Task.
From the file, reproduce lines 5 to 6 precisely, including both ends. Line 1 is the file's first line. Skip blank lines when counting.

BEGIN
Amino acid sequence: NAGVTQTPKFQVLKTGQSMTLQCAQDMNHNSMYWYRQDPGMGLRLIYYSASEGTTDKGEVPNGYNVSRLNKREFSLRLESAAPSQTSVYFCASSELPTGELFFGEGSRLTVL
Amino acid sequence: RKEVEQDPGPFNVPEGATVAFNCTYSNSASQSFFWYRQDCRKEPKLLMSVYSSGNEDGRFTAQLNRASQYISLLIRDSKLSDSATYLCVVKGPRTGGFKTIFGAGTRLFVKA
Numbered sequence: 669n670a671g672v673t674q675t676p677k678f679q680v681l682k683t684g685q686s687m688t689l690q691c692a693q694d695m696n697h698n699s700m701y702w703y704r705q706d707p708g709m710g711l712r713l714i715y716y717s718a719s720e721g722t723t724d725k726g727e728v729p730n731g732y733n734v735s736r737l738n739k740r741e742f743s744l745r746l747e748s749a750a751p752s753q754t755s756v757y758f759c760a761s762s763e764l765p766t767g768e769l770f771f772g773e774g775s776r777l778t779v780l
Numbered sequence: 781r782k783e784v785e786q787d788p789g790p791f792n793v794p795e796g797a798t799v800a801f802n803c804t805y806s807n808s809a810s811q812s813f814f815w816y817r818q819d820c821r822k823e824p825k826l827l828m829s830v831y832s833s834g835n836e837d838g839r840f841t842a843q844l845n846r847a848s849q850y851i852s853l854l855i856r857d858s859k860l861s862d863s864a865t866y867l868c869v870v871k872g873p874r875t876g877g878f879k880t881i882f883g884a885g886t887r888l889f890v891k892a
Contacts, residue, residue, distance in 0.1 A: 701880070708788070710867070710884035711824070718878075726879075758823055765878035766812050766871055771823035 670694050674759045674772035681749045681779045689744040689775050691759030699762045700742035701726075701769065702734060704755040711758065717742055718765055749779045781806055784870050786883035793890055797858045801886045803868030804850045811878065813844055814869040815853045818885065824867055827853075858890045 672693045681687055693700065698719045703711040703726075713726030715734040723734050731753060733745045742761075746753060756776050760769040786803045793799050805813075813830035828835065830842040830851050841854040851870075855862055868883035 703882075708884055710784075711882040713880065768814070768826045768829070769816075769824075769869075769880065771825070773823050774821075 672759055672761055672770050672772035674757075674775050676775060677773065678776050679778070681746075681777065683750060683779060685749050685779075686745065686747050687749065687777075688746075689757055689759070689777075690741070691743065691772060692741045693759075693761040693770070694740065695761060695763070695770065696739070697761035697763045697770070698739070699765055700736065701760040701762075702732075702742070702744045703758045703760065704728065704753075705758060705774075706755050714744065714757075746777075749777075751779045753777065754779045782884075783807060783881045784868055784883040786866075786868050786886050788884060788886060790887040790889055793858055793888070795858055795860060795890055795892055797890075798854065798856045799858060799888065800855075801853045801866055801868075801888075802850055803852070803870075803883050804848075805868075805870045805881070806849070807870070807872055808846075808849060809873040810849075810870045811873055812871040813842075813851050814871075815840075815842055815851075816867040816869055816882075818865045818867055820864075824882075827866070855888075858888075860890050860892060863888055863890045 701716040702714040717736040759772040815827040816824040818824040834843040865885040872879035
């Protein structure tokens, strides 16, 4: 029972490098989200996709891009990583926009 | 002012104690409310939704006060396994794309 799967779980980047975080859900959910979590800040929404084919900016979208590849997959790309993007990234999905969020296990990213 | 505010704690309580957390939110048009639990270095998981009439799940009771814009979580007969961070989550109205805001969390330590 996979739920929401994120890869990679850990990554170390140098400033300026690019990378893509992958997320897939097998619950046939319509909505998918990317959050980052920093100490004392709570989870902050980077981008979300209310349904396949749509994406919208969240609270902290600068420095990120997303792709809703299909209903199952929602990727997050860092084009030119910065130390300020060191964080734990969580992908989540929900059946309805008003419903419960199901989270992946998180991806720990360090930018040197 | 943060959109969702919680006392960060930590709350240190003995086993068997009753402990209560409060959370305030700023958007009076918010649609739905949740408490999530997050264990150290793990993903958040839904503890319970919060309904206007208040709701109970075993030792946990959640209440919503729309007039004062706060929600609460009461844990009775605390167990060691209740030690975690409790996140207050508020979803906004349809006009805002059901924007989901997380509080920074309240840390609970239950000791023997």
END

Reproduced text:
Contacts, residue, residue, distance in 0.1 A: 701880070708788070710867070710884035711824070718878075726879075758823055765878035766812050766871055771823035 670694050674759045674772035681749045681779045689744040689775050691759030699762045700742035701726075701769065702734060704755040711758065717742055718765055749779045781806055784870050786883035793890055797858045801886045803868030804850045811878065813844055814869040815853045818885065824867055827853075858890045 672693045681687055693700065698719045703711040703726075713726030715734040723734050731753060733745045742761075746753060756776050760769040786803045793799050805813075813830035828835065830842040830851050841854040851870075855862055868883035 703882075708884055710784075711882040713880065768814070768826045768829070769816075769824075769869075769880065771825070773823050774821075 672759055672761055672770050672772035674757075674775050676775060677773065678776050679778070681746075681777065683750060683779060685749050685779075686745065686747050687749065687777075688746075689757055689759070689777075690741070691743065691772060692741045693759075693761040693770070694740065695761060695763070695770065696739070697761035697763045697770070698739070699765055700736065701760040701762075702732075702742070702744045703758045703760065704728065704753075705758060705774075706755050714744065714757075746777075749777075751779045753777065754779045782884075783807060783881045784868055784883040786866075786868050786886050788884060788886060790887040790889055793858055793888070795858055795860060795890055795892055797890075798854065798856045799858060799888065800855075801853045801866055801868075801888075802850055803852070803870075803883050804848075805868075805870045805881070806849070807870070807872055808846075808849060809873040810849075810870045811873055812871040813842075813851050814871075815840075815842055815851075816867040816869055816882075818865045818867055820864075824882075827866070855888075858888075860890050860892060863888055863890045 701716040702714040717736040759772040815827040816824040818824040834843040865885040872879035
């Protein structure tokens, strides 16, 4: 029972490098989200996709891009990583926009 | 002012104690409310939704006060396994794309 799967779980980047975080859900959910979590800040929404084919900016979208590849997959790309993007990234999905969020296990990213 | 505010704690309580957390939110048009639990270095998981009439799940009771814009979580007969961070989550109205805001969390330590 996979739920929401994120890869990679850990990554170390140098400033300026690019990378893509992958997320897939097998619950046939319509909505998918990317959050980052920093100490004392709570989870902050980077981008979300209310349904396949749509994406919208969240609270902290600068420095990120997303792709809703299909209903199952929602990727997050860092084009030119910065130390300020060191964080734990969580992908989540929900059946309805008003419903419960199901989270992946998180991806720990360090930018040197 | 943060959109969702919680006392960060930590709350240190003995086993068997009753402990209560409060959370305030700023958007009076918010649609739905949740408490999530997050264990150290793990993903958040839904503890319970919060309904206007208040709701109970075993030792946990959640209440919503729309007039004062706060929600609460009461844990009775605390167990060691209740030690975690409790996140207050508020979803906004349809006009805002059901924007989901997380509080920074309240840390609970239950000791023997």